Many antimigraine drugs of the triptan class are synthesized by this method, as are drugs like indomethacin (a nonsteroidal anti-inflammatory). More recently, a whole series of useful compounds have been made using the Fischer indole synthesis and a single acid catalyst in a one-pot conversion. Proving that Fischer’s work is still ringing true to this day.
In 1886, Ludwig Knorr took two measures of ethyl acetoacetate, dissolved one of them in glacial acetic acid, then slowly added one equivalent of saturated aqueous sodium nitrite under cool conditions. He then stirred some zinc dust into the solution as a catalyst. What resulted was a pyrrole synthesis that formed the basis of countless chemical reactions that are still prominent today.
Pyrroles are incredibly useful in modern chemistry and are found in several drugs, including ketorolac (a common analgesic), atorvastatin (a lipid-lowering agent), and sunitinib (a treatment for many internal organ cancers). They also form the components of several complex macromolecules such as chlorophylls and hemoglobin groups. What’s more, Knorr’s pyrrole product is a precursor to the drug tolmetin, which reduces pain in many forms of arthritis!
A few years after the Knorr pyrrole synthesis (in 1893 to be exact), Cäsar Pomeranz and Paul Fritsch discovered the acid-promoted synthesis of isoquinoline from benzaldehyde and a 2,2-dialkoxyethylamine. This reaction subsequently opened the door for the preparation of many diverse isoquinolines. Despite being used for over 100 years, the exact mechanism via which the reaction proceeds is still uncertain.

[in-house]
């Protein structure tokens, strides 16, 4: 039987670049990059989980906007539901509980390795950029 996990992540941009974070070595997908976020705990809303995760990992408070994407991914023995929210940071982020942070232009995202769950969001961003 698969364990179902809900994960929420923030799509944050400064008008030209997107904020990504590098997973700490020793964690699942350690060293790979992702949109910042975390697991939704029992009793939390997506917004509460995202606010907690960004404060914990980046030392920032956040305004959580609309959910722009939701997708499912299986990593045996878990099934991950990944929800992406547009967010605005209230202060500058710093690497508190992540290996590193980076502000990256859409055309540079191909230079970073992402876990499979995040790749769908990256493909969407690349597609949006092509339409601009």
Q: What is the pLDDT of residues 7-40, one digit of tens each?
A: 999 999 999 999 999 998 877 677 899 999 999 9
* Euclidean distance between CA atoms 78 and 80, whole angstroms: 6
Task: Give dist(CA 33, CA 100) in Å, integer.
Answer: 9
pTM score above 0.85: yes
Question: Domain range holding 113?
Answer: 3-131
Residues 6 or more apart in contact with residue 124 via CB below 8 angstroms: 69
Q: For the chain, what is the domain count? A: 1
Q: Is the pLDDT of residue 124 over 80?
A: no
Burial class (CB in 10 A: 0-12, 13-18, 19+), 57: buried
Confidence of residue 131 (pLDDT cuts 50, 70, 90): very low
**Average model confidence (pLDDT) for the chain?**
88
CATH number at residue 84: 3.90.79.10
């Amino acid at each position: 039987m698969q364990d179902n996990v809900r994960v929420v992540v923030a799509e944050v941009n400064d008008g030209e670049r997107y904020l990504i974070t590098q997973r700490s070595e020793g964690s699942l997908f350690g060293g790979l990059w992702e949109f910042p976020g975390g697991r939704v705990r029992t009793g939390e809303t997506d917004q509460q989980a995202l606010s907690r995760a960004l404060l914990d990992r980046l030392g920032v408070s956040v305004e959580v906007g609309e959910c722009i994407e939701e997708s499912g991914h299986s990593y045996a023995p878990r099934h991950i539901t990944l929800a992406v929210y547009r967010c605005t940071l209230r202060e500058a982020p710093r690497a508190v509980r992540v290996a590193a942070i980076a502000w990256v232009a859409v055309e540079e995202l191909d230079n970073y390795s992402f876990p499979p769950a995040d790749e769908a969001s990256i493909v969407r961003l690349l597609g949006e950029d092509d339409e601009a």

Pomeranz-Fritsch reactions allowed for the many modern applications of isoquinolines. This includes their use in the manufacture of dyes, insecticides and antifungal drugs. They can also be employed in anesthetics such as papaverine, a common alkaloid used as an antispasmodic. Furthermore, they are needed in the synthesis of dimethisoquin, a drug that can be applied to skin reduce irritation. In other words, Pomeranz-Fritsch helps you ditch that itch.
In 1911, Amé Pictet and Theodor Spengler found that β-arylethylamines were able to undergo ring closure reactions after condensation with an aldehyde or ketone. In some cases, this innovative reaction was shown to proceed with no catalyst under mild conditions, while still giving good product yields. However, an acidic catalyst is often added by today’s chemists, and the mixture is heated to enable faster reaction times.
The Pictet-Spengler tetrahydroisoquinoline synthesis remains a significant reaction used during pharmaceutical development and is a useful way of making some important alkaloid natural products (indeed, it mimics the way nature makes them). Therefore, its products are often found in several drugs such as tubocuranine (a muscle relaxant), nomifensine and diclofensine (both antidepressants). The Pictet-Spengler reaction product of tryptophan and aldoses can even be found in things like ketchup. Saucy!
These five reactions are examples of syntheses that shaped the world of heterocycles today. If you’d like to find out more about the mechanisms behind these reactions, or are curious about the intricate nature of everything from the Fischer to the Pomeranz-Fritsch synthesis, check out our heterocyclic formation pages today.